I might, as GM, ask if "Square Peg" could mean you might barge in where you'll stand out, not realizing you'd be the square peg not quite fitting the round hole (so, maybe you show up at the formal ball, thinking you'll blend in, when in reality you've just alerted the villain that you're on to him). But that might be kind of weak; kind of a forced interpretation. It would fit more easily if the aspect were "Square Peg, Round Hole - No Problem", or along those lines.

BONK! - obviously, you will be BONK!ing people. However, if you've ever read any classic L.A. detective fashion, you'll know that you will also be BONK!ed over the head yourself every now and then. So, the GM might compel this to have you sapped from behind, and carried off to meet some miscreant or otherwise wake up in a precarious position.
 

Lackhand

First Post
Ladies (Cave)Man
Always Gives a Sucker an Even Break
Enemy of Snakes (actually all reptiles)
So Easy a Caveman Can Do It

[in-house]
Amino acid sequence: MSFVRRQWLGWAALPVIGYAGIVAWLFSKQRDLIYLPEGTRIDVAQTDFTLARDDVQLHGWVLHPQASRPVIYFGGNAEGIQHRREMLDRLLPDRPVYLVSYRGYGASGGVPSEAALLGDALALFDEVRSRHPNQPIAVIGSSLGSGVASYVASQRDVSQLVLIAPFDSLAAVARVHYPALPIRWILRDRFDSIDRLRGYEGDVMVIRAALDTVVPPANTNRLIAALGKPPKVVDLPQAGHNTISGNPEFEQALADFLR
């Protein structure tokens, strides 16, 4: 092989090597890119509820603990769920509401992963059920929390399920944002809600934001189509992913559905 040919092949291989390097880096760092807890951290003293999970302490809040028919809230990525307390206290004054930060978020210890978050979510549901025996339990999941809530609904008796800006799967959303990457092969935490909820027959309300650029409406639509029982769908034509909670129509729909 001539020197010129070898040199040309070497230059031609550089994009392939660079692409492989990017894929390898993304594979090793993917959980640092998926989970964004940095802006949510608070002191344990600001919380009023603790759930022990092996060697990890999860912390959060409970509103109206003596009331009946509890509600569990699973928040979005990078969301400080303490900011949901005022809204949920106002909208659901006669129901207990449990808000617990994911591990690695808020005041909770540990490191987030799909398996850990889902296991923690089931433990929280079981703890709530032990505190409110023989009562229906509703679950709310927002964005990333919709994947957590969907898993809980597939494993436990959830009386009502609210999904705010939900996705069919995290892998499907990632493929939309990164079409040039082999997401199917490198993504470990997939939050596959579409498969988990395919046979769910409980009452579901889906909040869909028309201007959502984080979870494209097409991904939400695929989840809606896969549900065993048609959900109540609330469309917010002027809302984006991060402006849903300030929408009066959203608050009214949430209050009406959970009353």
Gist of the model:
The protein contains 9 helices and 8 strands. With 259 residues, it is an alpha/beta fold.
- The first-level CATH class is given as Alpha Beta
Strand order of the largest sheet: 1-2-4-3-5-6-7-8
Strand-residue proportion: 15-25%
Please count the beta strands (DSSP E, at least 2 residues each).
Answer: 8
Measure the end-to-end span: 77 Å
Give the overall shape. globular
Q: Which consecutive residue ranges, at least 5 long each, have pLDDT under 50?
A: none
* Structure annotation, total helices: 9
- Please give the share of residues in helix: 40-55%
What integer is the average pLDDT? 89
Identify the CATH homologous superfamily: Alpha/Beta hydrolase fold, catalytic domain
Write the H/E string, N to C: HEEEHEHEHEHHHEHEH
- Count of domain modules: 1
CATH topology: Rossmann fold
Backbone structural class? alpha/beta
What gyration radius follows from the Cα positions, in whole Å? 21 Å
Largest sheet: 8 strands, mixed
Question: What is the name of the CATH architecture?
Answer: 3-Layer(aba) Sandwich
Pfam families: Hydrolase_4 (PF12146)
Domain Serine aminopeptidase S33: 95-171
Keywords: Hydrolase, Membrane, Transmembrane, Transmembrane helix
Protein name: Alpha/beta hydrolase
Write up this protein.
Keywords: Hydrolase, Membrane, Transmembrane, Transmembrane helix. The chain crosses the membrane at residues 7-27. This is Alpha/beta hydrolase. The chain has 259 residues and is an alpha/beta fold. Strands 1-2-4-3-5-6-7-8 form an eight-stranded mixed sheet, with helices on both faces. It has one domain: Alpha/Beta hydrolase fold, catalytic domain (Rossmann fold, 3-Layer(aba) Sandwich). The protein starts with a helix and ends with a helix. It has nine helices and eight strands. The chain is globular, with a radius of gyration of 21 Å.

Square Peg Fit Round Hole! (he can fix things temporarily using brute force)
L.A. Is My Tribe Now
and BONK! (his tendency to bash people in the head and ask questions later)

Note that I wouldn't compel BONK! with an attack from behind as a DM -- that seems unfair, since the player probably intends that they be the BONKer, and others be the BONKee -- but I might compel it in a fight with a fairly slippery foe to do some collateral damage, to have a villain frame your character for murder-by-BONK, or to have a survivor of a past misdeed come forward ("It was you who BONK!ed my boyfriend -- so now it's you who has to level things with Baby Gambino!").

I feel like Square Peg and Caveman have a lot of overlap -- which is good, since you can tag both for a +4 to the roll! -- but something I tend to try to avoid. You might consider taking something like Mastadonian Physique or similar to reflect your Cro-Manon construction; as is, you wanted to be the tough guy but don't actually have anything that makes you hard to knock out.

Still, sounds really good -- have fun, good luck, and let us know how it goes!

Edit: the mustache, PI License, and block-of-ice could both form good aspects too. ::shrug:: :)